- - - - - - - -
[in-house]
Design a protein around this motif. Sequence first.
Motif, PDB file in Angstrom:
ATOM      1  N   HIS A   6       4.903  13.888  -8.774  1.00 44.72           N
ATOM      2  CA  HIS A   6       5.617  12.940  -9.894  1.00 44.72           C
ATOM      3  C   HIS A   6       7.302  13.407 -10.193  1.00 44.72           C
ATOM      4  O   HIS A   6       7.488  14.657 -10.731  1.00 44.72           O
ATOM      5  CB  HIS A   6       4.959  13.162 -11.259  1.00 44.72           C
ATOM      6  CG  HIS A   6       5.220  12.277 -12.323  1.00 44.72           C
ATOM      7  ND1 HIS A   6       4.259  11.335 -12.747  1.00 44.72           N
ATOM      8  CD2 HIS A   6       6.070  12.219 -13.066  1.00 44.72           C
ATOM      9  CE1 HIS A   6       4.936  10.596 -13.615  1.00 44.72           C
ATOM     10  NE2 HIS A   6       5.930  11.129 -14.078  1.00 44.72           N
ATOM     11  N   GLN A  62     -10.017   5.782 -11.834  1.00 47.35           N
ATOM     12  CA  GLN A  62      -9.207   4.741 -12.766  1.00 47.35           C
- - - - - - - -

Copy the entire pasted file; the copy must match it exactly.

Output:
[in-house]
Design a protein around this motif. Sequence first.
Motif, PDB file in Angstrom:
ATOM      1  N   HIS A   6       4.903  13.888  -8.774  1.00 44.72           N
ATOM      2  CA  HIS A   6       5.617  12.940  -9.894  1.00 44.72           C
ATOM      3  C   HIS A   6       7.302  13.407 -10.193  1.00 44.72           C
ATOM      4  O   HIS A   6       7.488  14.657 -10.731  1.00 44.72           O
ATOM      5  CB  HIS A   6       4.959  13.162 -11.259  1.00 44.72           C
ATOM      6  CG  HIS A   6       5.220  12.277 -12.323  1.00 44.72           C
ATOM      7  ND1 HIS A   6       4.259  11.335 -12.747  1.00 44.72           N
ATOM      8  CD2 HIS A   6       6.070  12.219 -13.066  1.00 44.72           C
ATOM      9  CE1 HIS A   6       4.936  10.596 -13.615  1.00 44.72           C
ATOM     10  NE2 HIS A   6       5.930  11.129 -14.078  1.00 44.72           N
ATOM     11  N   GLN A  62     -10.017   5.782 -11.834  1.00 47.35           N
ATOM     12  CA  GLN A  62      -9.207   4.741 -12.766  1.00 47.35           C